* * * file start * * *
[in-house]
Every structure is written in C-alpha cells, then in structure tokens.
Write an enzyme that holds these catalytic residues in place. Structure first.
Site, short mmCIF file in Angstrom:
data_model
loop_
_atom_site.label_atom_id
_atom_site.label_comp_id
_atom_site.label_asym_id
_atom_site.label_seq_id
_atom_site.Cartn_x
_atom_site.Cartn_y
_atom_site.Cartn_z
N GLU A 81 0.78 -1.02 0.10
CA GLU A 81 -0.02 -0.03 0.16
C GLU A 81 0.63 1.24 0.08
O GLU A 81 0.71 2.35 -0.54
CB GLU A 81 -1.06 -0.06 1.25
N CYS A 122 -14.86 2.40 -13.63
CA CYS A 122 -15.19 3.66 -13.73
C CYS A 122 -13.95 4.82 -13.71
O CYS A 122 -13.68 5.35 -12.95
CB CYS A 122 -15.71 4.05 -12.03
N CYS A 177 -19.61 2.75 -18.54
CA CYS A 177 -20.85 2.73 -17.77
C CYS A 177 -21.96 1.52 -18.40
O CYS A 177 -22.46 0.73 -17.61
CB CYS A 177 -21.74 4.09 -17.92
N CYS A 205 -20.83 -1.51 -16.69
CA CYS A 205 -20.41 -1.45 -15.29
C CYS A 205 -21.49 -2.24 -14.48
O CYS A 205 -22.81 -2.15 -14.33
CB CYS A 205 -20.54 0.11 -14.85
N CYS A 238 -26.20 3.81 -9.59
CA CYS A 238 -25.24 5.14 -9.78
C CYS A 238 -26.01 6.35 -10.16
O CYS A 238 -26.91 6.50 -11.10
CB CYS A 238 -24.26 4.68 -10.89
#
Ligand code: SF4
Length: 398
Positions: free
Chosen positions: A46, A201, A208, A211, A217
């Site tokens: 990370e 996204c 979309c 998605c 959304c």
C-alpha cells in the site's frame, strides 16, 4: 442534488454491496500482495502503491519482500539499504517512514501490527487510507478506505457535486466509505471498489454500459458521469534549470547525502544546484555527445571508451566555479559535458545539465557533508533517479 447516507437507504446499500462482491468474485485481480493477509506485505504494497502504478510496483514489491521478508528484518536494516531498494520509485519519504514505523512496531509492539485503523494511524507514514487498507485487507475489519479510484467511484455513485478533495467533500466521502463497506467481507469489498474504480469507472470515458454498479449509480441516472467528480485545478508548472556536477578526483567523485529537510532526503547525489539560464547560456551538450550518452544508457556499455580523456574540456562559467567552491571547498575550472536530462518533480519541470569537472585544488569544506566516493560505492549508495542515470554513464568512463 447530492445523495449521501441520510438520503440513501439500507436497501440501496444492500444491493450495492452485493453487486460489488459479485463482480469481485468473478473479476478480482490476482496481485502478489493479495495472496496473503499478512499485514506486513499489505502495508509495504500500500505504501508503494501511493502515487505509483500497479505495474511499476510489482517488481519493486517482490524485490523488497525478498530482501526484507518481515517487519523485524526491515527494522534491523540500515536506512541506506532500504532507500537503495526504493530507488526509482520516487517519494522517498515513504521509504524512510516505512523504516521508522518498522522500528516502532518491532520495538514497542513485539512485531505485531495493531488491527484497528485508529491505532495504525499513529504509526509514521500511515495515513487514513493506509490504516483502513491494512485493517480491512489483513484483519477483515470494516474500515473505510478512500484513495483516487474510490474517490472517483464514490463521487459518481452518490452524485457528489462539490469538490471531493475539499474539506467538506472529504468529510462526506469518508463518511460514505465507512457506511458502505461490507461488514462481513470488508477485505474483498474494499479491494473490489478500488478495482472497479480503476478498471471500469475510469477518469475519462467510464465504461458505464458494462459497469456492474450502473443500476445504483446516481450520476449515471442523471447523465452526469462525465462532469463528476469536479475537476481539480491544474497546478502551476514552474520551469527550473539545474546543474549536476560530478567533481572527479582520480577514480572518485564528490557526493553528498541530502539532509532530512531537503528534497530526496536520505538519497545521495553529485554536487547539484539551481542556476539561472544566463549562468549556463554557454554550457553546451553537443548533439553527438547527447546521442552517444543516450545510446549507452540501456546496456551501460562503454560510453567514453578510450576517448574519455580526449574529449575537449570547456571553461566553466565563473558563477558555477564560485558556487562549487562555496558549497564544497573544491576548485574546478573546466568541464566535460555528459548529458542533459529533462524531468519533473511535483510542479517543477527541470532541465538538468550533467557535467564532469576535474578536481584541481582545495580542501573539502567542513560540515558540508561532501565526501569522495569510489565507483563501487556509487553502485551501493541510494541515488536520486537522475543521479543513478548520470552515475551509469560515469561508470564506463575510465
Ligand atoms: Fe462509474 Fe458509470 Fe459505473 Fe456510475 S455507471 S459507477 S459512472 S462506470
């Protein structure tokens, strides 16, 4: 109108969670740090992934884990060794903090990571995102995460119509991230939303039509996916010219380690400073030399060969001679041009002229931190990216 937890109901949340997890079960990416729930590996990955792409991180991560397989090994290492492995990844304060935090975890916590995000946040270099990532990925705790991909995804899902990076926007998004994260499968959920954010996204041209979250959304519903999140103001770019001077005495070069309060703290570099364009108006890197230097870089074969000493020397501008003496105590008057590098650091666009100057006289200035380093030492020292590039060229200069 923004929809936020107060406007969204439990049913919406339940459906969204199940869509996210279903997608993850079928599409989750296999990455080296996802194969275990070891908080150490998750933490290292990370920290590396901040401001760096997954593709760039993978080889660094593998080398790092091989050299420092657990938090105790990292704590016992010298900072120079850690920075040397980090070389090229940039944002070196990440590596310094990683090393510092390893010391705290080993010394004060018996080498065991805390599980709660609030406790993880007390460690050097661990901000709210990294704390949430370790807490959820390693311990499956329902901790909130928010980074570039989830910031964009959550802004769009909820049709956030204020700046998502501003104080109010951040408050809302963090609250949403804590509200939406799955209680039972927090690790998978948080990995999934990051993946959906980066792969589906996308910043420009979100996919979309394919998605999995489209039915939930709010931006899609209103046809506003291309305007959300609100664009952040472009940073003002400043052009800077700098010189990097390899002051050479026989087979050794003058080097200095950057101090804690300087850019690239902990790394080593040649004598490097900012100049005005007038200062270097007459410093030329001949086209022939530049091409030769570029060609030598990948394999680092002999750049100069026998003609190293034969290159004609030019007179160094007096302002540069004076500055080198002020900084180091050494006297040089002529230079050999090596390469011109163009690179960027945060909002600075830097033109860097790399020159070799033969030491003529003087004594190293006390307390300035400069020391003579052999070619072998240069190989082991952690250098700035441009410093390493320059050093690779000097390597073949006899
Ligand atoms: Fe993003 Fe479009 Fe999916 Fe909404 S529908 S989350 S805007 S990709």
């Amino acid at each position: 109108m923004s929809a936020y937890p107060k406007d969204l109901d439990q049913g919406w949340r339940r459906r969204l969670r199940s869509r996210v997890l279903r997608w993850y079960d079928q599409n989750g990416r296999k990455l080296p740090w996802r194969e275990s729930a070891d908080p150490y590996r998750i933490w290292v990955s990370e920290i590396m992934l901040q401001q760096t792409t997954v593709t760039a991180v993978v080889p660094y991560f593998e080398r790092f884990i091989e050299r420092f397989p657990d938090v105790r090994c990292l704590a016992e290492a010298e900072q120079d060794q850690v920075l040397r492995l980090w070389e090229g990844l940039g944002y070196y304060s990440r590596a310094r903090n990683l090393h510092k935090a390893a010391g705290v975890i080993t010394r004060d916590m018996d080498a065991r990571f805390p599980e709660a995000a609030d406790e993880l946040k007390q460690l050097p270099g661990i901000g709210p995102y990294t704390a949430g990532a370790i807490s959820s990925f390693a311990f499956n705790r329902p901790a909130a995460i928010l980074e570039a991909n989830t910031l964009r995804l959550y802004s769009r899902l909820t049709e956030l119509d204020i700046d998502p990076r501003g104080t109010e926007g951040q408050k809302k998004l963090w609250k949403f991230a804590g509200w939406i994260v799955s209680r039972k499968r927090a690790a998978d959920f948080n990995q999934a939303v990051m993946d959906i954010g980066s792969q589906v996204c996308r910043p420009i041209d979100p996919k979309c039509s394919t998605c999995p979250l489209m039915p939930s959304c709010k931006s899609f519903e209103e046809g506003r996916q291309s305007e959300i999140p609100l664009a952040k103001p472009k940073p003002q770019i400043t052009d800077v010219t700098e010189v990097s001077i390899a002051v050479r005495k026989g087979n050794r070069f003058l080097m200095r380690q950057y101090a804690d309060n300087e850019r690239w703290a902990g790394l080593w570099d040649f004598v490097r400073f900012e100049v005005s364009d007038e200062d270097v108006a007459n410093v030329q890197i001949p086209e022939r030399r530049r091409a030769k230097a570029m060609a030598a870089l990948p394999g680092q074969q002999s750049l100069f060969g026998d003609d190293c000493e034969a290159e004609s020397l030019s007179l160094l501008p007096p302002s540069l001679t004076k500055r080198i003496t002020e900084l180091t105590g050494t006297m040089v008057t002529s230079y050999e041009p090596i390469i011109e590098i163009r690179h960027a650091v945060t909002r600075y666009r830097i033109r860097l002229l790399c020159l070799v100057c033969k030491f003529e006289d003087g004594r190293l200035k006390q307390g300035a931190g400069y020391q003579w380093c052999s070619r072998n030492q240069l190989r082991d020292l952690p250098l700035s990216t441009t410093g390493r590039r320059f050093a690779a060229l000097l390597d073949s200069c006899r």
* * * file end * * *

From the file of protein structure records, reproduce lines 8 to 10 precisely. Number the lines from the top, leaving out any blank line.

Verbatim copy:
_atom_site.label_comp_id
_atom_site.label_asym_id
_atom_site.label_seq_id